Sex/gender analysis: Are risks of violence at work higher for men or women? It depends on type of violence

Men and women face similar risks of physical violence at work, but the risks of sexual violence at work are four times higher for women

Published: August 6, 2018

When it comes to workplace violence, are women at greater risk than men? The raw numbers would suggest a straight-up “yes”. But the answer is less clear cut when other factors are considered—most importantly, the type of violence in question.

According to an IWH analysis of about 30,000 responses to Statistics Canada’s 2009 and 2014 General Social Surveys focusing on victimization, the risk of physical and sexual violence was 75 per cent higher for women than for men. And after taking into account number of hours worked (an important factor given that women are more likely than men to work part-time) other work factors (occupation, industry and work schedule) and personal factors (age, marital status, education, home province, and rural or urban setting), the risk of workplace violence remained 57 per cent higher for women than for men. The results of the study, led by Smith, are included in a paper published online in July by Annals of Work Exposure and Health (doi:10.1093/annweh/wxy066).

The picture completely changed, however, when the research team analyzed physical and sexual violence separately. Looking only at physical violence at work, and after taking all personal and workplace factors into account, differences in risk by sex/gender essentially disappeared. That is, the risks of physical violence for women and men were about the same.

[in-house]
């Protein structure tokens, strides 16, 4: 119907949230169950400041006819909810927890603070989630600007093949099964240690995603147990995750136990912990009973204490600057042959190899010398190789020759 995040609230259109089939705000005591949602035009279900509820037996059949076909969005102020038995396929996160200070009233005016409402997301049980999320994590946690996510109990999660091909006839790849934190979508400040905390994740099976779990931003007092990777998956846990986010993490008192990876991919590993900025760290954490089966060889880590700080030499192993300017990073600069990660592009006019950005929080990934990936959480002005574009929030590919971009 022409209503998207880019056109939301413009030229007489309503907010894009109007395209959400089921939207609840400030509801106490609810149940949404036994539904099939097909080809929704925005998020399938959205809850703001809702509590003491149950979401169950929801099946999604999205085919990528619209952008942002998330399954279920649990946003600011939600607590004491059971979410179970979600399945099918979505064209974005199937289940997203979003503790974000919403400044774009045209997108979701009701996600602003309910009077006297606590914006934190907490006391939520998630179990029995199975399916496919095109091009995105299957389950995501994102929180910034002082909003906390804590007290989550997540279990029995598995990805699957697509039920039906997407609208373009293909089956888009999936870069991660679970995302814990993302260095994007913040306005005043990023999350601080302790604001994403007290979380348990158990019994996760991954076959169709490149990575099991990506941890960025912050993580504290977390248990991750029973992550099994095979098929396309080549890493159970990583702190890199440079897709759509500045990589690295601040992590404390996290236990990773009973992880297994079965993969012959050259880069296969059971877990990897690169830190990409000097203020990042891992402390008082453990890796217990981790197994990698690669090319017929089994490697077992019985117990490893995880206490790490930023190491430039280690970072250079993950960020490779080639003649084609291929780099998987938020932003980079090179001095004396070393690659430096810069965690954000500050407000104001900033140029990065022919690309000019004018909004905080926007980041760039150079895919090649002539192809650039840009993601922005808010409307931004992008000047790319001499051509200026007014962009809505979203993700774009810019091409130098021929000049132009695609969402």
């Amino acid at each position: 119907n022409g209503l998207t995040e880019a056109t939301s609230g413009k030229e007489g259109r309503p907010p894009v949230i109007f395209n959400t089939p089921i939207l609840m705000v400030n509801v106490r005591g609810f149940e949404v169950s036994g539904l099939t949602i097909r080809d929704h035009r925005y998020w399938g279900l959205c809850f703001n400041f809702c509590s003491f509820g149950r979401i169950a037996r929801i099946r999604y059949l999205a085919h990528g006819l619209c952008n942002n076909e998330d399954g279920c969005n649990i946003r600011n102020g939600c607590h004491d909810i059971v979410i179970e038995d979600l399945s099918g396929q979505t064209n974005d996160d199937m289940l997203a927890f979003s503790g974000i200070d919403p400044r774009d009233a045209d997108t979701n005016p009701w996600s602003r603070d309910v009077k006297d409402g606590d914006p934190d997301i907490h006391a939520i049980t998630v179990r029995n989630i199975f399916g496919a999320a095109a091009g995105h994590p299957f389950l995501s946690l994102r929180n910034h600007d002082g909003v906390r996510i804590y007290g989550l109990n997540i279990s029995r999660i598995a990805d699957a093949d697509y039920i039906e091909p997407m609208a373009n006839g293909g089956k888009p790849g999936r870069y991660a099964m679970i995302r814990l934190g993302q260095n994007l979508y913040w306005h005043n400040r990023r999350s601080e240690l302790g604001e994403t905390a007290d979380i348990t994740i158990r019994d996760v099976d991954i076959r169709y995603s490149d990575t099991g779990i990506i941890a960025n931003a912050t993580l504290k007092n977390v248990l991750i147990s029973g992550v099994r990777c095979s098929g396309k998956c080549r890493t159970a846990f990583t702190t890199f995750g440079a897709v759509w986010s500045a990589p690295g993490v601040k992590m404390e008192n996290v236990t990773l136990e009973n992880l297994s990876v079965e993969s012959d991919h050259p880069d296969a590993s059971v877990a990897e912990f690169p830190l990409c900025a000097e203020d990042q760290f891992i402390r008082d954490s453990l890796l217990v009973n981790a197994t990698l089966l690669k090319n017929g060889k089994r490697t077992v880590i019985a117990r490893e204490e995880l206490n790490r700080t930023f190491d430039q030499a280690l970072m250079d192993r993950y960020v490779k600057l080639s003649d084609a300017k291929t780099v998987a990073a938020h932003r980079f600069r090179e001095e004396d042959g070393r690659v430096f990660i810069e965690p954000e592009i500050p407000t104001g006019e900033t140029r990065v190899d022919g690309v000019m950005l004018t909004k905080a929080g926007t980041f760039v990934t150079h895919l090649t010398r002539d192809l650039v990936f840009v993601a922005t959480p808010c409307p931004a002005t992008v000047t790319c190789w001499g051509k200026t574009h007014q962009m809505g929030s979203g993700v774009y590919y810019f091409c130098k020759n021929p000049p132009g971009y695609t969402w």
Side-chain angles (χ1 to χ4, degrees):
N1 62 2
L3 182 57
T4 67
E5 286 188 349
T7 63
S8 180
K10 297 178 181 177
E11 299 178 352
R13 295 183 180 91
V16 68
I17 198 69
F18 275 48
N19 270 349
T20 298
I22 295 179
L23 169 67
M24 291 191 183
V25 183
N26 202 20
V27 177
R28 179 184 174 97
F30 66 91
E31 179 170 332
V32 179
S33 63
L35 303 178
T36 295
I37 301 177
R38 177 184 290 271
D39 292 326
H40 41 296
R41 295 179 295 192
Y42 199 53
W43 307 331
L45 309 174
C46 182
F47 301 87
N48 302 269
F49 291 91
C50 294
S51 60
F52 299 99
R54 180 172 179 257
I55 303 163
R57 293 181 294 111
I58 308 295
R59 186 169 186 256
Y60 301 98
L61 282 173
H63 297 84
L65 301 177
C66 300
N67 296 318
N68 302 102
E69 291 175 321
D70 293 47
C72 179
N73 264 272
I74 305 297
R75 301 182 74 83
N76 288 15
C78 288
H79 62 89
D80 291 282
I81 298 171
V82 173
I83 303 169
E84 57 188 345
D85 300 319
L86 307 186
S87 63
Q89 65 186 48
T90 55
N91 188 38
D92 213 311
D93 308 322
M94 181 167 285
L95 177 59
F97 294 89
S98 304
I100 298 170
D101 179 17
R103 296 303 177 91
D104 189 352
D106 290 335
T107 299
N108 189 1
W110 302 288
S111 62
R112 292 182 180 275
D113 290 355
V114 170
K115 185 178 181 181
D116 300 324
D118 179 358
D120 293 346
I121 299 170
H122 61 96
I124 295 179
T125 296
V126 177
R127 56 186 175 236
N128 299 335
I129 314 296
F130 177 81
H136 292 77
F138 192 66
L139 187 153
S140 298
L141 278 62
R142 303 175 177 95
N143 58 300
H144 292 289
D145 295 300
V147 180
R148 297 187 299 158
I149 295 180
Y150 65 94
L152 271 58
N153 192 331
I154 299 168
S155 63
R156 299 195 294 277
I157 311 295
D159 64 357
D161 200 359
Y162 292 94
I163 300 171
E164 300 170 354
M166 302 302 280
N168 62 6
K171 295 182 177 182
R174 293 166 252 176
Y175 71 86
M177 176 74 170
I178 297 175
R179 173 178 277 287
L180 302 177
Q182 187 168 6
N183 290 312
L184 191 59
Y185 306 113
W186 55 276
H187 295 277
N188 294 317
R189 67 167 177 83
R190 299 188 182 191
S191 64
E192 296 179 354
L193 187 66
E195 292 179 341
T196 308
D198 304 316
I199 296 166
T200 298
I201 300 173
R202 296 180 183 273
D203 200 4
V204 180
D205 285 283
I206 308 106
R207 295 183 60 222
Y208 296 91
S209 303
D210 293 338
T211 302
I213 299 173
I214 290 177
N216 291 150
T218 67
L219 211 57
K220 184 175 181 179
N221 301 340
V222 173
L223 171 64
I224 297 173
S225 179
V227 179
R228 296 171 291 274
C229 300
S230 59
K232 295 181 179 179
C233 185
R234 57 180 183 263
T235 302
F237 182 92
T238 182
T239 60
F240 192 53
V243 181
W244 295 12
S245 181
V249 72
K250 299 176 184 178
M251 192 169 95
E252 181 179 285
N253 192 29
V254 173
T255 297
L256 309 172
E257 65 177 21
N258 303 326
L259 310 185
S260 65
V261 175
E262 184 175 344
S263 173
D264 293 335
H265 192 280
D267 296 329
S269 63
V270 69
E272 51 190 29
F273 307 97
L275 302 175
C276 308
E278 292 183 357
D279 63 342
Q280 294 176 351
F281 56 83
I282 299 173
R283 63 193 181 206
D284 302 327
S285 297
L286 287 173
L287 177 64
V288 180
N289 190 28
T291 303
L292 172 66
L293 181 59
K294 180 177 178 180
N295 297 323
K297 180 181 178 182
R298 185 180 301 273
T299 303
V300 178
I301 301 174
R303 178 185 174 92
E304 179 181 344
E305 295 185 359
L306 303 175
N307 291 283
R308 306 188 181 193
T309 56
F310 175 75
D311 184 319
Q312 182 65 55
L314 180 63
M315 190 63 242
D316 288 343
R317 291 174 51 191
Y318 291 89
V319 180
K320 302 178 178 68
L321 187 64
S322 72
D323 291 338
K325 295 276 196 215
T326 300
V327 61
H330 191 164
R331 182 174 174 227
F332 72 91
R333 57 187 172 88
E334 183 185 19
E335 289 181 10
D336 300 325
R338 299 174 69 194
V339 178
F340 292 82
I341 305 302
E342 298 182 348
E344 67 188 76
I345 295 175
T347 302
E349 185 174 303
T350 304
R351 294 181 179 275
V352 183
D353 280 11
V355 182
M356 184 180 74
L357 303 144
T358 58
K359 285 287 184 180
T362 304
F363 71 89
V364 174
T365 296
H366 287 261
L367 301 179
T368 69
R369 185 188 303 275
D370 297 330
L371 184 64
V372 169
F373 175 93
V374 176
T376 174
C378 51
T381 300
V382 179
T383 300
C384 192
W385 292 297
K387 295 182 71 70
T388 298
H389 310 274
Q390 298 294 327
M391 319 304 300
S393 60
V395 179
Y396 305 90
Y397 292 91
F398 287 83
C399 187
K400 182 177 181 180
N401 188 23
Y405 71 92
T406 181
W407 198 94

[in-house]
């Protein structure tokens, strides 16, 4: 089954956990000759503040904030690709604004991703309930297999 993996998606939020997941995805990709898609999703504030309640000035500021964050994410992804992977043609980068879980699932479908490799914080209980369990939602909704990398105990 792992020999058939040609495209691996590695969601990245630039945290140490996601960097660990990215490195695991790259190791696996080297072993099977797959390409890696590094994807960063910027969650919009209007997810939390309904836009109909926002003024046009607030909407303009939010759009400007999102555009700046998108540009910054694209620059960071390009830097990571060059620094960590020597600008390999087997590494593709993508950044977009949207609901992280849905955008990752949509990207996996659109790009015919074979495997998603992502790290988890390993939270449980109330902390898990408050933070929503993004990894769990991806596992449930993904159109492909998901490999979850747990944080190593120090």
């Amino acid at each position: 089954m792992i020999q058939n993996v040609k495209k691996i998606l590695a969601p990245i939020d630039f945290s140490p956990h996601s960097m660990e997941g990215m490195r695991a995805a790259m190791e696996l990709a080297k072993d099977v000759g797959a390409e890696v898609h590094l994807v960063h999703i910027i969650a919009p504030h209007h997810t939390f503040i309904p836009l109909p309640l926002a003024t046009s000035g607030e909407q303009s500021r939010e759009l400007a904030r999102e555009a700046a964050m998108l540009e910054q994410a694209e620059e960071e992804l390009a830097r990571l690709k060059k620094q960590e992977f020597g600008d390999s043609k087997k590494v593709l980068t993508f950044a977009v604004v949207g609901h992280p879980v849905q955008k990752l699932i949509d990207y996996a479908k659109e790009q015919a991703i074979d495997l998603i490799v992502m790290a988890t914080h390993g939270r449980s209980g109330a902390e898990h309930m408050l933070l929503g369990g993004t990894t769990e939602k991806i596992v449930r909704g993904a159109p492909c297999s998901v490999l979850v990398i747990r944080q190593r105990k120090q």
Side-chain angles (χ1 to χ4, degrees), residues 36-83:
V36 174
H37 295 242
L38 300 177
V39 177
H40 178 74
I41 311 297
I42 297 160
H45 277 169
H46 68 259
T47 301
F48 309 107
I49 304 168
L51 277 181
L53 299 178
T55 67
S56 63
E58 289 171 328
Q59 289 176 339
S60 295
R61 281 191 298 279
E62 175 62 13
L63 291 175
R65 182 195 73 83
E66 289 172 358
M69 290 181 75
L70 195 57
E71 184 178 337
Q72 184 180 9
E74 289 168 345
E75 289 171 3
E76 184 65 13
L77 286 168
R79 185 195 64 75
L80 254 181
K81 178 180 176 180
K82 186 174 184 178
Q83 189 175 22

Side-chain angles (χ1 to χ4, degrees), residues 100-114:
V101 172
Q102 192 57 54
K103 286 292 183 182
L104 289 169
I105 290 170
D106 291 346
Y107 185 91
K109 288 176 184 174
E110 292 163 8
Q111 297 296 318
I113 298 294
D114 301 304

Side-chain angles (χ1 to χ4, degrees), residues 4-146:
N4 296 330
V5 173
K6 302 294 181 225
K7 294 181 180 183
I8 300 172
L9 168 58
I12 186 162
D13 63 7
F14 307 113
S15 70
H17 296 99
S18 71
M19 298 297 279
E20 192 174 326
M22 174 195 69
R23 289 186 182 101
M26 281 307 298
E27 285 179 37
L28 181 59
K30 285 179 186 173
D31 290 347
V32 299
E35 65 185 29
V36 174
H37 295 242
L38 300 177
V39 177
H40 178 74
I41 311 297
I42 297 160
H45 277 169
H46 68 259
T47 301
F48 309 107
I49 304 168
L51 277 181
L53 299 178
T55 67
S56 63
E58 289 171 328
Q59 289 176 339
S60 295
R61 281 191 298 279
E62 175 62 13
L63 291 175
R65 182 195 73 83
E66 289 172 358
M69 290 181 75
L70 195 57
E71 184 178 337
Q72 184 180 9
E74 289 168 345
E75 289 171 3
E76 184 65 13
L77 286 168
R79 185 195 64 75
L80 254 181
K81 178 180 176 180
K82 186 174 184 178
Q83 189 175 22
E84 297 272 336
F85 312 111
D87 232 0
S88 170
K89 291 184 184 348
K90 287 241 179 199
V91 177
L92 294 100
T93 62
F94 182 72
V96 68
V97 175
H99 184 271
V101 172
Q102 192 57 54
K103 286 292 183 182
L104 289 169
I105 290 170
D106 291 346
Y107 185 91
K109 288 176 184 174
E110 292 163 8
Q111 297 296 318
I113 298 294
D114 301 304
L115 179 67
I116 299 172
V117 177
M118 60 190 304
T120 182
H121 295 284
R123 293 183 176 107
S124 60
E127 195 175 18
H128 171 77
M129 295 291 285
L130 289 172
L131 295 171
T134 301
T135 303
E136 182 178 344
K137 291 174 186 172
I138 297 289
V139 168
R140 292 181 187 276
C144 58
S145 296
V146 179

This tells us that much of what produces differences between men and women in terms of risk of physical violence is due to the differences in the types of jobs, shift schedules and industries in which men and women work, said Smith at an IWH Speaker Series presentation in March, where he discussed these findings.

As for sexual violence at work, women were four times more likely than men to experience this form of violence. That elevated risk held true whether the research team took into account only hours worked, all workplace factors, or all workplace and individual factors. When it comes to sexual violence at work, women are many more times at risk than men, and that’s true regardless of what other factors are taken into account, noted Smith.